The Federal Reserve has been hoping for some time that the US economic boom would peter out of its own accord, but the most recent figures last week suggested that things were still running along pretty fast. Growth in the first quarter of the year was running at an annual rate of 4 per cent despite falling exports to East Asia, and unemployment fell to 4.3 per cent in April.
Most market forecasts do now suggest a slowdown, but were US rate policy to be determined solely by domestic considerations there is little doubt that rates would be going up. In fact they would have gone up long ago.
The main issue - in reality the only issue - has been whether the East Asian crisis is so serious that the US would be unwise to jack up rates just at this time. It has been argued that even a quarter percentage point rise in US rates would lead to a further East Asian meltdown.
Eventually, too, the decline in demand in East Asia ought to slow growth in the US. On the other hand it can equally be argued that East Asia is pretty adept at the meltdown game anyway and pre-empting a rise in US inflation is a more necessary global goal. If rates were put up a bit now, they could always be cut later if and when the fall-off in demand hits the US economy.
Anyway, we will see: there is the regular two-day Open Market Committee meeting starting tomorrow, which has to make the call. Trying to guess which way it will jump from 3,500 miles away is not a very sensible procedure; in fact it is not very sensible from any distance - not that that has stopped the market attempting to do so.
But it is sensible to be prepared. Think global, rather than just US, and have a look at the long graph on the left. This shows the global output gap since 1970, that is the extent to which output figures for 40 of the main countries around the world have diverged from their sustainable growth paths.
Three things stand out. Most obviously, we are now very close to global balance, though this masks the fact that some places (like Japan and much of Continental Europe) would be below the line with excess supply, while others (particularly the US) are above it with excess demand. Second, the amplitude of the waves has gradually diminished since the 1970s: the lines still go up and down, but the swings seem to be smaller. And third, unless something utterly remarkable has happened, the swings will continue, so that at some stage soon we will climb above or dip below again.
Even if the world's monetary authorities had perfect judgement, which they don't, and the world economy responded swiftly and effectively to changes in policy, which it doesn't, the present balance is not sustainable. Even if you believe that macro-economic management has been getting better (and falling inflation world-wide suggests it is), there has to be an element of fluke, in that one bit of the world which is up should happen to be offsetting the rest which is mostly down.
That won't continue. It can't: at some stage countries like Japan have to achieve a recovery or something really dreadful will happen, while at some stage the US will dip back towards its historic level of capacity utilisation. The instability of the US position is highlighted in the right hand graph, which shows the relationship between the growth of the US broad money supply, M2, and the boom on the stock market as measured by the S&P 500 share index of large companies.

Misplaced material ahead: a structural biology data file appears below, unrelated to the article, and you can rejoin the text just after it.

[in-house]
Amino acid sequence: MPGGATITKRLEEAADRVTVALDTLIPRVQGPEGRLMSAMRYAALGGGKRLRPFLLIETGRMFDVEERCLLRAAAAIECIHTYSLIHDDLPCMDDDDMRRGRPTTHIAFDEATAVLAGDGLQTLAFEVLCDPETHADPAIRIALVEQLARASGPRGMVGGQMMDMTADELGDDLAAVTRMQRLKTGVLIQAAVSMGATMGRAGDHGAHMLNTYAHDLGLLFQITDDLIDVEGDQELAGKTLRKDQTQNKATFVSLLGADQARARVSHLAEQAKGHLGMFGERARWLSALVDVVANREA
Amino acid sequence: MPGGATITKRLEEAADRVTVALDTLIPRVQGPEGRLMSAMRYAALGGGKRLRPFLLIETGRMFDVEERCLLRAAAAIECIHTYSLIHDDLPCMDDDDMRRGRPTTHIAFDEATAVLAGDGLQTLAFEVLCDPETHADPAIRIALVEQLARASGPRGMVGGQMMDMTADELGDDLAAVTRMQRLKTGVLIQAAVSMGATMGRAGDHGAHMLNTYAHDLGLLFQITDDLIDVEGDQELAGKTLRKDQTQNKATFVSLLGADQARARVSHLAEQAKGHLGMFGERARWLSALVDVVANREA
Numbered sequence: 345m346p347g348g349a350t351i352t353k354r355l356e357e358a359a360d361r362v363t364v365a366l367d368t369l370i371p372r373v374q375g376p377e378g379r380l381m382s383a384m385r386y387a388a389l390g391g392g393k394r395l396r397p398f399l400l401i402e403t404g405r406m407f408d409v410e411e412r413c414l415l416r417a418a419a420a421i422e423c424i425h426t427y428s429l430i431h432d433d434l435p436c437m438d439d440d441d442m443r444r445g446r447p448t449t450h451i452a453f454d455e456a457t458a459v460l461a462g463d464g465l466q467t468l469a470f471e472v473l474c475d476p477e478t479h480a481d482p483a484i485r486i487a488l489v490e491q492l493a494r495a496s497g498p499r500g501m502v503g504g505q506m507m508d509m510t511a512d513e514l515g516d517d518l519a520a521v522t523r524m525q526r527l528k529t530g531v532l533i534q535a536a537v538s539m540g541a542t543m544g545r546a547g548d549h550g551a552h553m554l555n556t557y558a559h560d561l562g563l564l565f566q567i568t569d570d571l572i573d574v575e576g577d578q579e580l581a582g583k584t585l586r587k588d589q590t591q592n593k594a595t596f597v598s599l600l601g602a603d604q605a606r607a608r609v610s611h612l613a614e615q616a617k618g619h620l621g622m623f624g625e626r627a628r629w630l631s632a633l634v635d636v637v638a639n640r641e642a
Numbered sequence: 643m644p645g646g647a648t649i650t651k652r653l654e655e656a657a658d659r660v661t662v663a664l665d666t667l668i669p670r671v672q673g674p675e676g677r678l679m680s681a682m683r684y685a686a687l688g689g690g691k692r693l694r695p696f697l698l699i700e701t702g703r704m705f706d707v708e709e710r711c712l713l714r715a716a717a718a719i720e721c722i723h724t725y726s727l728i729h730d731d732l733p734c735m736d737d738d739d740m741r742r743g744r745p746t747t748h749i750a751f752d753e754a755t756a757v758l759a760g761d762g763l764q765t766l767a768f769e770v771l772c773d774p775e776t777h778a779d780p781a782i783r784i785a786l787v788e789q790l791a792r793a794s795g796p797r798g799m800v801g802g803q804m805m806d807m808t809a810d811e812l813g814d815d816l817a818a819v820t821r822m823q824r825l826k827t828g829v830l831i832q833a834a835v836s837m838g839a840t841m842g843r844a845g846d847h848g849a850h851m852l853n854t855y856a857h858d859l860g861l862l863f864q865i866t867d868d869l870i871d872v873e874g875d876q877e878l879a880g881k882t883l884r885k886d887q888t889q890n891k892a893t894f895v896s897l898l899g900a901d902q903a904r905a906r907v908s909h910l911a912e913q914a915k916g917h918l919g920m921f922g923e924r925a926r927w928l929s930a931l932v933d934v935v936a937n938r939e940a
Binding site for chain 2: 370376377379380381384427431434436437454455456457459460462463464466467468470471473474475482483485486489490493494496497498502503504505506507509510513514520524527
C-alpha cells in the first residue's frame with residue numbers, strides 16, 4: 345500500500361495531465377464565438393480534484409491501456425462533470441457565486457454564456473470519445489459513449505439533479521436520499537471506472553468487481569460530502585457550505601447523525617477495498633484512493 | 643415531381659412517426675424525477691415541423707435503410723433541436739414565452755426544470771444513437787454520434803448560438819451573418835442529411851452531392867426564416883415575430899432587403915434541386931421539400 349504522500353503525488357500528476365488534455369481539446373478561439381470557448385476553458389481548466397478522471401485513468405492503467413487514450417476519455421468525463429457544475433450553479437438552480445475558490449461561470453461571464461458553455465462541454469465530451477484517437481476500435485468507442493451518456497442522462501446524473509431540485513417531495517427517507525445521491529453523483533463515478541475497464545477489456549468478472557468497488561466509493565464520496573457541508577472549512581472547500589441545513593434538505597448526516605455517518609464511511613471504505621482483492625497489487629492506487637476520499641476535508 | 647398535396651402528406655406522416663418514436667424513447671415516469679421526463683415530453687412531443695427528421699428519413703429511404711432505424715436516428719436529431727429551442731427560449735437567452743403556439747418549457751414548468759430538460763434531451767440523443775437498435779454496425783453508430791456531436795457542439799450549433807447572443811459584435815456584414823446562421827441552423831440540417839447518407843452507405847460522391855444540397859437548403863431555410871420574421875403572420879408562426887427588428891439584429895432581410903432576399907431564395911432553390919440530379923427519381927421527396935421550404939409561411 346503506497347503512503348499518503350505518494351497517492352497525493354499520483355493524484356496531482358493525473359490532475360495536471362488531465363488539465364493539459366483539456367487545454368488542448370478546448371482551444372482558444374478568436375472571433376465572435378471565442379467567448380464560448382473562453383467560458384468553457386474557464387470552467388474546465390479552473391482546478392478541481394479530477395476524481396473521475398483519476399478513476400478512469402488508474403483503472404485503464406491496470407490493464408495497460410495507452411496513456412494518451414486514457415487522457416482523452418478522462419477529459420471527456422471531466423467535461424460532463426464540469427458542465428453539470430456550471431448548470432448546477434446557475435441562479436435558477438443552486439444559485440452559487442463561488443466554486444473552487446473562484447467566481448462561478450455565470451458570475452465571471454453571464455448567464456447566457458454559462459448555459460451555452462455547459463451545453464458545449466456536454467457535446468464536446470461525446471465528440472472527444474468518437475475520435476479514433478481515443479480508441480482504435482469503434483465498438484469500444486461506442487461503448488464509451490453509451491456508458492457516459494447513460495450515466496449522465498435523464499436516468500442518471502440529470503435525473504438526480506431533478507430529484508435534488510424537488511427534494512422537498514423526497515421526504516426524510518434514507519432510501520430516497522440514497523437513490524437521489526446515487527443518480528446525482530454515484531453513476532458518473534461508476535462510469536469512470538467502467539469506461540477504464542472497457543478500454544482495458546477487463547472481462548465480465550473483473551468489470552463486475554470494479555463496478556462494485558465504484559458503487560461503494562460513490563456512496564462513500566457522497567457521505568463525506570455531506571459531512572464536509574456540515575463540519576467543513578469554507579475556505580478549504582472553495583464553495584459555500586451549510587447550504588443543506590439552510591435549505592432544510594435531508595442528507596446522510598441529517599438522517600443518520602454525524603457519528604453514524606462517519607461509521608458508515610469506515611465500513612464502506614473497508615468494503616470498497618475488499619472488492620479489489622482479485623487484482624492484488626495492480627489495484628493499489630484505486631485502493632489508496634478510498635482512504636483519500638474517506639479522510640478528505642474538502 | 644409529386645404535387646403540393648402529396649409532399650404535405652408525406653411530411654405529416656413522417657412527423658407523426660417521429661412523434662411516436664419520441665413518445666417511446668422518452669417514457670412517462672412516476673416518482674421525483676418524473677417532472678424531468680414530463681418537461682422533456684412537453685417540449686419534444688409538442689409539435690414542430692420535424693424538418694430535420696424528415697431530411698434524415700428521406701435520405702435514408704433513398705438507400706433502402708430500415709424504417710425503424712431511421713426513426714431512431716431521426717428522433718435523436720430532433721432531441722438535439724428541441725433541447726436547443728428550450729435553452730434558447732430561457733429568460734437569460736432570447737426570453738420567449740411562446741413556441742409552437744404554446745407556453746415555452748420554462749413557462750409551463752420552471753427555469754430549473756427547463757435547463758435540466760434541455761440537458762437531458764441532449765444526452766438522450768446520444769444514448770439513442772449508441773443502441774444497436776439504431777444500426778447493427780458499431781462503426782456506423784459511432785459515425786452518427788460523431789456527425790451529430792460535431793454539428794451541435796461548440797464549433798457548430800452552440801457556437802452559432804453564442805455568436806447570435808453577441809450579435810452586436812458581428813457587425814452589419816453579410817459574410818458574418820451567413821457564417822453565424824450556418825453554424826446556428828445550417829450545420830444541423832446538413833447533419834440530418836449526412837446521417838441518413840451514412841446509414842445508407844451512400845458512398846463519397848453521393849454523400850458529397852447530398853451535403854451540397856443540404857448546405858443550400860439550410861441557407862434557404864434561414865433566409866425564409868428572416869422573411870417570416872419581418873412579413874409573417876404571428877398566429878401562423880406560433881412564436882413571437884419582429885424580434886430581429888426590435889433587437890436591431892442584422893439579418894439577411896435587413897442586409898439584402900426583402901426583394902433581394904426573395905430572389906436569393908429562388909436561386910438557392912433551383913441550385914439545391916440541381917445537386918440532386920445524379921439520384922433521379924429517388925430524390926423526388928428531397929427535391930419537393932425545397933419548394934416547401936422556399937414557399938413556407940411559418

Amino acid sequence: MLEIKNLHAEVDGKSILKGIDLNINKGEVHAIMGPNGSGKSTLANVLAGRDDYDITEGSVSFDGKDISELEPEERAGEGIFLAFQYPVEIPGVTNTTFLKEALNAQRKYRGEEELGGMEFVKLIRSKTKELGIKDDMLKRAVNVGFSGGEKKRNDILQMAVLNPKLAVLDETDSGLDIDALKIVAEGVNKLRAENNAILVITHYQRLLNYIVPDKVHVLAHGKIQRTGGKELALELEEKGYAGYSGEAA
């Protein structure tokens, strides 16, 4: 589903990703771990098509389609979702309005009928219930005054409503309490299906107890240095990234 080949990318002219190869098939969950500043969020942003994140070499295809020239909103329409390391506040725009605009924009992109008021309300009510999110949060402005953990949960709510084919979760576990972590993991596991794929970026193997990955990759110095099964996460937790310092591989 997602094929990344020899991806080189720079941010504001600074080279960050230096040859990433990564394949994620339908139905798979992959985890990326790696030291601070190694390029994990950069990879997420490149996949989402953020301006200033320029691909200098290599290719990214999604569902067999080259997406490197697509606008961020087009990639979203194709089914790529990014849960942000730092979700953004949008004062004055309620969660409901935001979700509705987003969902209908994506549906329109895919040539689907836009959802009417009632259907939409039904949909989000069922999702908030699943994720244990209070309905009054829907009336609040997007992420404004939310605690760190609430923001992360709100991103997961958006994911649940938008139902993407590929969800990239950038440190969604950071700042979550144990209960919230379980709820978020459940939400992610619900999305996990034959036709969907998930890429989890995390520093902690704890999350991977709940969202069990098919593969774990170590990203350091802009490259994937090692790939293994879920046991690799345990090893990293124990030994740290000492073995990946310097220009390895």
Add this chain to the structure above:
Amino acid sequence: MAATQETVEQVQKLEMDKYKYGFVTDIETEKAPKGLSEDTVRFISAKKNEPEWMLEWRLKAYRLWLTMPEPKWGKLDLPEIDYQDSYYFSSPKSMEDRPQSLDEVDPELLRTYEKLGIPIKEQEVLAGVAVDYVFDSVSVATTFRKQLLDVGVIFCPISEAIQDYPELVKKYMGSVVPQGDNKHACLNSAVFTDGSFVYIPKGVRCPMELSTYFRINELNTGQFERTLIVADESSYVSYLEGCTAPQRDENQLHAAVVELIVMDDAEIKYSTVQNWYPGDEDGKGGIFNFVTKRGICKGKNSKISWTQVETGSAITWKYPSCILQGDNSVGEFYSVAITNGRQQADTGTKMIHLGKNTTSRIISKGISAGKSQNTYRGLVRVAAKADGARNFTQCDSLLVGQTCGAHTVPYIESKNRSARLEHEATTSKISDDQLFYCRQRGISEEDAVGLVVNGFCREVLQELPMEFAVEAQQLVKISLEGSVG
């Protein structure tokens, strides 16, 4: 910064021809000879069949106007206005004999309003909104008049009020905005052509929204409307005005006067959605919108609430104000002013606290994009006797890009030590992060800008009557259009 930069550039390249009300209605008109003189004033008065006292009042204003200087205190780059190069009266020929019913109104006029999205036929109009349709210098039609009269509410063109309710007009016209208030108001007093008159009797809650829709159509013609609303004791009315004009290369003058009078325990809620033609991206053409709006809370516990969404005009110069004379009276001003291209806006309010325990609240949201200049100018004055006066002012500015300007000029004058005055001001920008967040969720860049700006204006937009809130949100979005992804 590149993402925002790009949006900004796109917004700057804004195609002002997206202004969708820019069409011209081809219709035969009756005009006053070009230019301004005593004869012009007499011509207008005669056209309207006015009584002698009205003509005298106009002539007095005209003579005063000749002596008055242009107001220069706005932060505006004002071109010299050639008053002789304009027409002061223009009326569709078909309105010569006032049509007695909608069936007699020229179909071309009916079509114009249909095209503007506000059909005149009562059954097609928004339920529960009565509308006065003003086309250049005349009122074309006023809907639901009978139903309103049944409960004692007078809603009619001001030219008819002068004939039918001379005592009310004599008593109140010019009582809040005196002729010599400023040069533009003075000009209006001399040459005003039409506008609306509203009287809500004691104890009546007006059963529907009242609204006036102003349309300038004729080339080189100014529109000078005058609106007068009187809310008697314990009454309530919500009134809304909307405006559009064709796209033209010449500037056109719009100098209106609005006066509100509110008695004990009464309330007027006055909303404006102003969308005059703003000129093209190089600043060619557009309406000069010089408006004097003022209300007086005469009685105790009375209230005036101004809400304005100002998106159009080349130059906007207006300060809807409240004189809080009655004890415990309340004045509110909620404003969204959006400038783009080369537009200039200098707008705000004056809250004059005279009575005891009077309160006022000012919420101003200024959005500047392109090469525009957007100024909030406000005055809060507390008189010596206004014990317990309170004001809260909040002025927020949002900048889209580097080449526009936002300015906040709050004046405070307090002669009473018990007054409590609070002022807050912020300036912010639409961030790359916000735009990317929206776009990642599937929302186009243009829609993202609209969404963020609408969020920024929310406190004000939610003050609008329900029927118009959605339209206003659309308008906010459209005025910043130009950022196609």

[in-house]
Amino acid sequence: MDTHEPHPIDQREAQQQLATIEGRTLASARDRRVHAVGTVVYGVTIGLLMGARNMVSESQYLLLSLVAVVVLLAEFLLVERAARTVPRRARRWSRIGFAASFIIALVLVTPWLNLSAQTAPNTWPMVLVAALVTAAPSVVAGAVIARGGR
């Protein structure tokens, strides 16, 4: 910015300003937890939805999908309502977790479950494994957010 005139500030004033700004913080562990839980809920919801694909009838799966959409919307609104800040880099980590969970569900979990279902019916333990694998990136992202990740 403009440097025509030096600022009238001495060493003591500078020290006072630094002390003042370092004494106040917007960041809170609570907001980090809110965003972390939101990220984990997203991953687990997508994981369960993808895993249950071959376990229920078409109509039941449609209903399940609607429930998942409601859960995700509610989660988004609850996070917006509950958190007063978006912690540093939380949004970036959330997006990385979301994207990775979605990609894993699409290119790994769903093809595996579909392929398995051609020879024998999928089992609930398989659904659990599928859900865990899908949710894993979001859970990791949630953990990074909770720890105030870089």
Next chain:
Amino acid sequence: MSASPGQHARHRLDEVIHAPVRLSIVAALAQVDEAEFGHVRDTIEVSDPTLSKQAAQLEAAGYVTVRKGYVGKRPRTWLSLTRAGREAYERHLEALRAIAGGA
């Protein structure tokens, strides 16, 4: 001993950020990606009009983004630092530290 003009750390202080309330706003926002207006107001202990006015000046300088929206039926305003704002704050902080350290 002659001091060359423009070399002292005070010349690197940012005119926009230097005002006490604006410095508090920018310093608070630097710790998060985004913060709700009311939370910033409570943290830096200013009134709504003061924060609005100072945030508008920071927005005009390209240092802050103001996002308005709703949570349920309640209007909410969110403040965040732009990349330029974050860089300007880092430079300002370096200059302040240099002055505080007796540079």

You don't need to be an expert in the intricacies of the US monetary aggregates to be concerned about this link. One of the main reasons that money supply has been rising rapidly is the growth of money market funds, which accounts for about one-third of the recent growth. The International Bank Credit Analyst team, which drew attention to this link, reckons that there are two possible explanations for it. One is that the rise in share prices has encouraged people to take some of their profits out of the stock market and stuff these into money market funds. The other is that the surge in wealth associated with the bull market has boosted the demand for ordinary liquid assets and one popular way to hold such assets is money market funds.
Actually I don't think it matters terribly why Americans are putting money into these funds; the fact remains that they are building up assets which can quickly be converted into spending power if they so wish. There is a lot of dosh sloshing around. The data is flashing a warning light, and it will continue to flash the warning light whether or not the Fed pushes up rates this week.
The conclusion that flows from this is that one way or another the US economy is going to slow down. It is still perfectly possible that US interest rates will remain on hold and the economy will slow of its own accord later this year. It is equally possible that there is going to be some sort of discontinuity, with rates going up and that rise stopping the economy. But slow it will. That is bound to happen, for countries' economies do not grow faster than their trend growth for ever.
So it is not being apocalyptic to say that at some stage in the next 18 months the US will move into a phase where it grows below trend and where unemployment starts to rise. It is simply common sense to acknowledge that the economic cycle still exists, albeit possibly in a more benign form. The Fed's decision seems important and of course for anyone involved in the markets it is. But for the rest of us all we need to know is that somehow the US economy has to come off its present unsustainable growth path, and it is going to be somewhere between slightly uncomfortable and very uncomfortable for all of us when it does so.Reuse content